Ransomware is back in the restaurant news. MGM Resorts and Caesars were both ransomed recently, losing their operations systems’ availability. Vegas is not nearly as fun when your room key will not work; you cannot sit down for a great meal or enjoy the risk from the pull of a slot machine. All that is usually available in a city that doesn’t sleep was unavailable while the two firms dealt with the ransom.

While it is easy to dismiss an attack on a travel and hospitality behemoth as far removed from a smaller restaurant operation, any firm can be a target of cybercriminals. It goes without saying that a business that cannot operate is not as profitable as one that can. Ransomware attacks against restaurants, like this huge news event in Vegas, strike back-office operations, preventing business functions like general ledger, scheduling, menu management, reservations, etc. from functioning.

As of this writing, more is known about the MGM event. MGM was targeted by a cyber gang that reportedly used social engineering to access the company’s networks and deploy ransomware to encrypt their files.

Social engineering is a technique cybercriminals use to trick people into divulging sensitive information or performing actions that can compromise a system’s security. Social engineering attacks are a type of cyberattack that targets human weaknesses rather than exploiting software or hardware vulnerabilities.

Several years ago, a similar attack involved a cyber gang inducing employees to bring ransomware into restaurants with catering businesses. In this case, an employee responsible for sales was targeted with a menu document that had malware embedded into it. In many cases, IT defenses caught and blocked the email with the malignant menu. Unfortunately, a phone call to the salesperson from an attacker pretending to be a patron induced them to contact IT and clear the email for release. On that release, the ransomware process would begin.

In light of the recent MGM hack and similar attacks against the restaurant industry, knowing the best defenses against social engineering attacks is essential. Here are some ways to protect against social engineering attacks:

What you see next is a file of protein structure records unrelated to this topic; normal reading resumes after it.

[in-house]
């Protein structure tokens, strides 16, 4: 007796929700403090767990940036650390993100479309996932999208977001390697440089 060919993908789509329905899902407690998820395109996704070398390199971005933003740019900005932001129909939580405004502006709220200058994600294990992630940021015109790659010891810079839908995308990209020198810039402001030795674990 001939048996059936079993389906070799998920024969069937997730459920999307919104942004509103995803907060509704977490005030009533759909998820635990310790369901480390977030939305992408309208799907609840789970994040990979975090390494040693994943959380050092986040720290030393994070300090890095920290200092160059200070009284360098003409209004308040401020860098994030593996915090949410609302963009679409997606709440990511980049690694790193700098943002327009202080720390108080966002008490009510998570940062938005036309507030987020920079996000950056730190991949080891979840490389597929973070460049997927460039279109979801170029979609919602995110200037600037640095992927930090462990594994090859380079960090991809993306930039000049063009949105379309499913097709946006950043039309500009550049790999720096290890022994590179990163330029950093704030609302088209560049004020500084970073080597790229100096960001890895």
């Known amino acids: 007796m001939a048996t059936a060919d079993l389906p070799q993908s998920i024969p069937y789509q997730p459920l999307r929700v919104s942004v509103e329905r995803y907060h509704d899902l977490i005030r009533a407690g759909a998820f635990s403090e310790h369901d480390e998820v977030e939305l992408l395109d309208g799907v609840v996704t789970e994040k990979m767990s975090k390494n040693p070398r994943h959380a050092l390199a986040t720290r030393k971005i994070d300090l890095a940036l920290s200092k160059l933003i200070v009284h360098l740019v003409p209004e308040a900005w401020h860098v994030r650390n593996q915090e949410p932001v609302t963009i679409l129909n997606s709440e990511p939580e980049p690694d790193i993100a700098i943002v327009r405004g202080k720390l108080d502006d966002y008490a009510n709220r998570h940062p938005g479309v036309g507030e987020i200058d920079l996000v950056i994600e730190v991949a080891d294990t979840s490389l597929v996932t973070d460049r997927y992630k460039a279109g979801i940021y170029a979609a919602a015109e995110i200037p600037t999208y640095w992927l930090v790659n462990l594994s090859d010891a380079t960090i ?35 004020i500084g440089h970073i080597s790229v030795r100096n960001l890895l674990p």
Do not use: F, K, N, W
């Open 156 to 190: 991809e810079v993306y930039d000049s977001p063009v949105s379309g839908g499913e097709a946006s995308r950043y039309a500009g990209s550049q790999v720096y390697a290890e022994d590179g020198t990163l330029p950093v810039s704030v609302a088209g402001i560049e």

1. Understand what you’re protecting: Determine what’s most valuable to your company and ensure the most critical systems, applications, and data are protected.
  1. Educate employees: Educate your employees on the types of attacks being used so that they can recognize and respond to them.
  1. Update software regularly: Keep your software up to date to ensure that vulnerabilities are patched. Many ransomware attacks leverage known weaknesses or vulnerabilities in the software used. Keeping systems up to date reduces risk.
  1. Implement multi-factor authentication: Multi-factor authentication can help prevent unauthorized access to sensitive information or critical systems and networks.
  1. Use anti-virus and anti-malware software: Anti-virus and anti-malware software can help detect and prevent attacks.
  1. Limit access: Place limits on each team member’s access to the system to control the damage that can be done if an attack is successful.
  1. Use encryption: Encrypt sensitive data to protect it from unauthorized access.
  1. Conduct regular security audits and assessments: Regular security audits can help identify vulnerabilities and prevent attacks.

Work with your insurance broker to ensure you have the proper cyber liability insurance coverage and coverage that insures against these attacks. Some attacks that we would consider to be cyber attacks are covered under crime policies. Some policies cover lost revenue, which is a certainty if your ability to operate is reduced or removed due to a ransomware event.

To discuss this information in more detail, please contact Doug Davidson or your GBQ advisor.


Article written by:
Doug Davidson
Director of Information Technology Services


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